Date

5-1-2019

Document Type

Thesis

Degree

Master of Science

Department

Mechanical Engineering

First Adviser

Hannah L. Dailey

Abstract

In older adults, surgical management of distal femur fractures can be challenging due to reduced bone mineral density, which results in inadequate implant anchorage. Mechanical testing of implant constructs designed to treat these injuries has been hampered by a lack of clinical data on the biomechanical properties of the distal femur in patients who sustain these fractures. Therefore, the purpose of this study was to apply asynchronous, quantitative computed tomography (qCT) to investigate the mechanical characteristics of fractured distal femurs with intent to inform the selection of appropriate synthetic materials for biomechanical testing of orthopaedic devices.

Distal femur fractures treated at St. Luke’s University Health Network, a Level I trauma center, were retrospectively reviewed and 43 cases with preoperative CT scans were identified for analysis. Scans were segmented and each bone fragment was reconstructed as a 3D model. Bone quality was determined from voxel-based radiodensity and reported as Young’s modulus in the distal femur for each patient.

The median patient age was 72 years (IQR = 57 – 81), with 26% males and 74% females. Young’s modulus in the distal femur was negatively correlated with patient age (R2 = 0.50, p < 0.001). The distribution of patient-specific modulus values was also compared with the compressive modulus ranges, as stated by the ASTM F1839 standard for graded polyurethane foams for use as a standard material for testing orthopaedic devices and instruments. Bone quality varied dramatically from Grade 25 (25 lbs/in2) in younger individuals to Grade 5 (5 lbs/in2) in older individuals.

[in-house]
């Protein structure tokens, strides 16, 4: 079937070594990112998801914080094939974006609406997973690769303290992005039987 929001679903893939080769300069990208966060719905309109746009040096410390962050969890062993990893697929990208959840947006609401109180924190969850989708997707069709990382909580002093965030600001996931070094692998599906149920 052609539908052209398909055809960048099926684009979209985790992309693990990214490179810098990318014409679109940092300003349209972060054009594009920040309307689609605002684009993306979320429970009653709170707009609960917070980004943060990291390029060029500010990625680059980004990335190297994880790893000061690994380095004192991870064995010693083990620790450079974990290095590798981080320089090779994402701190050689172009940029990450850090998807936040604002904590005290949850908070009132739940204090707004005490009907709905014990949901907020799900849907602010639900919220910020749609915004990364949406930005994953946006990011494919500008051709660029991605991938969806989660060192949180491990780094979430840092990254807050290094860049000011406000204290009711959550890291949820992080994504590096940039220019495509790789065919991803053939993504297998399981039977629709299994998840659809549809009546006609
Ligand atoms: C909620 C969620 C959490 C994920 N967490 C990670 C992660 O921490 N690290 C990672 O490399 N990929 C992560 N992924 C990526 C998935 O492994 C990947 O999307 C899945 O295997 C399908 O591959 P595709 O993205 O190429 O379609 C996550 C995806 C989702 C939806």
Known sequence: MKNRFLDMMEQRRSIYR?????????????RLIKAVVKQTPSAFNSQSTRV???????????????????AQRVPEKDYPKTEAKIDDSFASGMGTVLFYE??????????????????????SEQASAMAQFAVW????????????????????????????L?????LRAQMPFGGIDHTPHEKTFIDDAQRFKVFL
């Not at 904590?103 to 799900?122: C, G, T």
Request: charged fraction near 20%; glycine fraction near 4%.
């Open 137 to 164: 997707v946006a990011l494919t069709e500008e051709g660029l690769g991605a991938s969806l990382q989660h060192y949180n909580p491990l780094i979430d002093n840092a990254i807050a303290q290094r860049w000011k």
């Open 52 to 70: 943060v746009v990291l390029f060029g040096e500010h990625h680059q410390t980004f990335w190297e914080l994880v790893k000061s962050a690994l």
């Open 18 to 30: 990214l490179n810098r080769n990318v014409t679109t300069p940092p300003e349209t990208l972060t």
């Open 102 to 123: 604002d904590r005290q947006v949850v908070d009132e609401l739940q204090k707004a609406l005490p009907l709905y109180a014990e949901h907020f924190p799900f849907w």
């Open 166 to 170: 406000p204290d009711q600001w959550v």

As a result, no single grade of synthetic polyurethane foam can be selected to model all clinically important scenarios for biomechanical testing of distal femur fracture fixation devices. Rather, this data can be used to select an appropriate material for a given clinical scenario. For example, a Grade 25 foam is appropriate for a younger individual where implant longevity in the clinical concern, whereas for an older patient where implant stability is the clinical concern, a Grade 5-15 is more appropriate.

Share

COinS